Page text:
Pause.

I believe we are all extremely excited to get into the theater, though we know not what challenges lie in wait. Regardless, we are comforted in knowing that our leader could not be more committed to us and our endeavor and at the very least, there is one thing he will always allow…

Play.

Wednesday, September 2, 2009

"Angels in America" Coming to Signature in 2010-2011!

SIGNATURE THEATRE COMPANY’S 2010-2011 SEASON TO FEATURE FIRST NEW YORK REVIVAL OF TONY KUSHNER’S PULITZER AND TONY AWARD-WINNING
ANGELS IN AMERICA
DIRECTED BY MICHAEL GREIF

PRODUCTION MADE POSSIBLE BY MAJOR GRANT
FROM THE ANDREW W. MELLON FOUNDATION

ALL SEATS AVAILABLE FOR $20 THROUGH SIGNATURE TICKET INITIATIVE


Signature Theatre Company (James Houghton, Founding Artistic Director; Erika Mallin, Executive Director) is pleased to announce that the theatre’s 20th Anniversary season in 2010-2011, celebrating author Tony Kushner, will feature the first New York revival of Kushner’s Pulitzer Prize and Tony Award-winning epic work, ANGELS IN AMERICA: A GAY FANTASIA ON NATIONAL THEMES. The production will be directed by Michael Greif with Part One: MILLENNIUM APPROACHES and Part Two: PERESTROIKA presented in repertory. Signature’s Tony Kushner season will also include two more works to be announced.

The production of ANGELS IN AMERICA is made possible by a $750,000 grant from The Andrew W. Mellon Foundation, as part of a $1.25 Million grant to Signature Theatre Company.

“I'm very excited about my Signature season and of course I'm very honored to have been chosen,” Tony Kushner said. “I've spent some of my best nights watching the work Jim Houghton and Signature Theatre Company has produced. It seemed to Jim and me that this is a good moment to bring ANGELS back to New York, and I'm delighted that Michael Greif has agreed to direct it. Michael and I have worked together and known each other for most of our careers. He's a serious, generous, incredibly smart and superbly talented artist; I love his passionate commitment to actors, to plays, to the theater. I think the Signature's the perfect space for the demands of ANGELS, which is both epic and intimate. I can't wait to see how it all turns out!”

Michael Greif commented, “Mounting Tony’s exquisite play in the intimate Signature Theatre will be an extraordinary challenge but will offer even more extraordinary rewards. I know I’ll be aided by an astonishing group of actors and designers anxious to wrestle with this masterpiece. I cherish my continued collaboration with Tony and the Signature.”

“I still remember the thrill of encountering Tony Kushner’s ANGELS IN AMERICA for the first time nearly 20 years ago and being astounded by the sweep and theatricality of this brave and impassioned piece,” said Jim Houghton. “We are privileged to be celebrating Tony’s work in our milestone 20th Anniversary Season and we’re exceedingly grateful to The Mellon Foundation for its unparalleled support and for making this first New York revival of ANGELS IN AMERICA possible.”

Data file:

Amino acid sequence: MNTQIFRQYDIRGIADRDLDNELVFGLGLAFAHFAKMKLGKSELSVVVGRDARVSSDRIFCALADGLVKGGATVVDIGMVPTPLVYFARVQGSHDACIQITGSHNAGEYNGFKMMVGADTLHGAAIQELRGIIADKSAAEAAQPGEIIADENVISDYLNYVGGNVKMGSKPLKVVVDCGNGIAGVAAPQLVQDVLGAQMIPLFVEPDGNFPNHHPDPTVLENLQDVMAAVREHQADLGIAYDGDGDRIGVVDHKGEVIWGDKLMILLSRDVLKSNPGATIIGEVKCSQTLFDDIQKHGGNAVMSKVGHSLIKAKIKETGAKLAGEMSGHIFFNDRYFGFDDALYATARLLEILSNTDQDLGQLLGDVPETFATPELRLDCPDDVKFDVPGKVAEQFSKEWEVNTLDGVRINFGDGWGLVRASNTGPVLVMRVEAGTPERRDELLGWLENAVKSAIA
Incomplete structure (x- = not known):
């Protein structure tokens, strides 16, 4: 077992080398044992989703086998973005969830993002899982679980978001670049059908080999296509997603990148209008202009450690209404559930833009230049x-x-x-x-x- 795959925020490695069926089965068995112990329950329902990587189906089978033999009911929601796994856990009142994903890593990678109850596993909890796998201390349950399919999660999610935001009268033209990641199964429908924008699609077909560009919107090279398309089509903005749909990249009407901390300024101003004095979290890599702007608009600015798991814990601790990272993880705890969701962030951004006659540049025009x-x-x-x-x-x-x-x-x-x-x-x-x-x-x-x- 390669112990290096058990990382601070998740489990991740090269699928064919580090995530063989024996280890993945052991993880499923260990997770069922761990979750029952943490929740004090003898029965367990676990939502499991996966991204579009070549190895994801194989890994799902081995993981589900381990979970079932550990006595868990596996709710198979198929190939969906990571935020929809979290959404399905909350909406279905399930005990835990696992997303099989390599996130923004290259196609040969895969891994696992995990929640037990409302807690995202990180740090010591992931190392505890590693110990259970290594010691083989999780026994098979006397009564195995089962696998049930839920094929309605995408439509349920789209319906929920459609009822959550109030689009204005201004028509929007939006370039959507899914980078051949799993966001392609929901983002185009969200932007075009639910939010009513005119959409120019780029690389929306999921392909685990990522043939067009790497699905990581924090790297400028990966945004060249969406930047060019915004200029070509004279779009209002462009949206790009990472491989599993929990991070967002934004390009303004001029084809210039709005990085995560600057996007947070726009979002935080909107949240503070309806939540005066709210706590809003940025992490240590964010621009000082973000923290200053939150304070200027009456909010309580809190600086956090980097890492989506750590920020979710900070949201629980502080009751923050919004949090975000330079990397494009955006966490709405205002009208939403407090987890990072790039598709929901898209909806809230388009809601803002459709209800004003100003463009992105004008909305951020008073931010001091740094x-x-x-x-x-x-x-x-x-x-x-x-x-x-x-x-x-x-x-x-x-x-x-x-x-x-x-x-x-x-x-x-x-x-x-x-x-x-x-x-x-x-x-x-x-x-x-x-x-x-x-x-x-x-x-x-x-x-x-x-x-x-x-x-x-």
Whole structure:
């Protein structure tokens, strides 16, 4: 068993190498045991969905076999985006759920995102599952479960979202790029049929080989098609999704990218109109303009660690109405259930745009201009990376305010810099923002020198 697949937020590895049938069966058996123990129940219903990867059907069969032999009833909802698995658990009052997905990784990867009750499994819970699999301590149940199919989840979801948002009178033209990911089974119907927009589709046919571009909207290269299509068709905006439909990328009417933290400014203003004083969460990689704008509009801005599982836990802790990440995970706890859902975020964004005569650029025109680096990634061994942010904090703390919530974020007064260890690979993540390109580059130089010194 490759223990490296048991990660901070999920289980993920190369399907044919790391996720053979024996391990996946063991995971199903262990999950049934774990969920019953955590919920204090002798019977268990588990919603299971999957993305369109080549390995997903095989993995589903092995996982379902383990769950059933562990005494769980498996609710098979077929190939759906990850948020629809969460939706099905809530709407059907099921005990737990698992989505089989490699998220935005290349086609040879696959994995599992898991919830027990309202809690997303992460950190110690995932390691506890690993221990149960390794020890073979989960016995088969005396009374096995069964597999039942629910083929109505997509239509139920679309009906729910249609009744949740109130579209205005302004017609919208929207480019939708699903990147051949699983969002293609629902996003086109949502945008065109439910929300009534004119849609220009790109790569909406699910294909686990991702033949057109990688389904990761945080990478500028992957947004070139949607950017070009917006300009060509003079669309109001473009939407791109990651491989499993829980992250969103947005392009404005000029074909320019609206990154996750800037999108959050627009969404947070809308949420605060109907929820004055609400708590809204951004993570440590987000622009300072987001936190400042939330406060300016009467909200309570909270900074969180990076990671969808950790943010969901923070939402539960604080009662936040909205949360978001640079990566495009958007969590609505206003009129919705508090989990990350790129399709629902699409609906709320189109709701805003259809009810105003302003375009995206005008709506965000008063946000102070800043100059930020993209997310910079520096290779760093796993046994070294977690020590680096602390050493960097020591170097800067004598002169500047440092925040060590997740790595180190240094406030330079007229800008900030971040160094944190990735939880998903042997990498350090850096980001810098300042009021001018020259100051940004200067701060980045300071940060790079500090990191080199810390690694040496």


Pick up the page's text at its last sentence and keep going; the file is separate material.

ANGELS IN AMERICA was one of the most critically acclaimed and heralded plays of the 1990s and established Tony Kushner as a major new voice in world theatre. Frank Rich, The New York Times, praised it as “the most thrilling American play in years”. The plays were developed in productions in Los Angeles, San Francisco and London, before opening on Broadway in 1993. Part One, Millennium Approaches, opened May 4, 1993 at the Walter Kerr Theatre and Part Two, Perestroika, opened November 23, 1993, also at the Walter Kerr, with the two parts playing in repertory. Both parts of ANGELS IN AMERICA won Tony Awards in 1993 and 1994 for Best Play and Millennium Approaches won the 1993 Pulitzer Prize for Drama. Kushner adapted the plays for an HBO mini-series, directed by Mike Nichols, which premiered in 2003 and won Golden Globe and Emmy Awards for Best Miniseries.

ANGELS IN AMERICA, A GAY FANTASIA ON NATIONAL THEMES is set in late 1985 and early 1986, as the first wave of the AIDS epidemic in America is escalating and Ronald Reagan has been elected to a second term in the White House. The play’s two parts, MILLENNIUM APROACHES and PERESTROIKA, bring together a young gay man with AIDS and his frightened, unfaithful lover; a closeted Mormon lawyer and his valium-addicted wife; the infamous New York lawyer Roy Cohn; an African-American male nurse; a Mormon housewife from Utah; and a steel-winged, prophecy-bearing angel; as well as the ghost of Ethel Rosenberg, an ancient rabbi, the world’s oldest living Bolshevik and a Reagan administration functionary, among many others – all played by a company of eight actors. The lives of these disparate characters intersect, intertwine, collide and are blown apart during a time of heartbreak, reaction and transformation. Ranging from earth to heaven, from the political to the intimate to the visionary and supernatural, ANGELS IN AMERICA is an epic exploration of love, justice, identity and theology, of the difficulty, terror and necessity of change.

Through The Signature Ticket Initiative, which seeks to make great theatre accessible to the broadest possible audience, all regularly-priced single tickets ($65) during the initial announced run are underwritten and will be available for $20. The Signature Ticket Initiative continues through Signature’s 20th Anniversary Season (2010-2011).

The Signature Ticket Initiative is made possible by the lead sponsorship of Time Warner Inc. Generous support for The Signature Ticket Initiative is provided by Margot Adams, in memory of Mason Adams.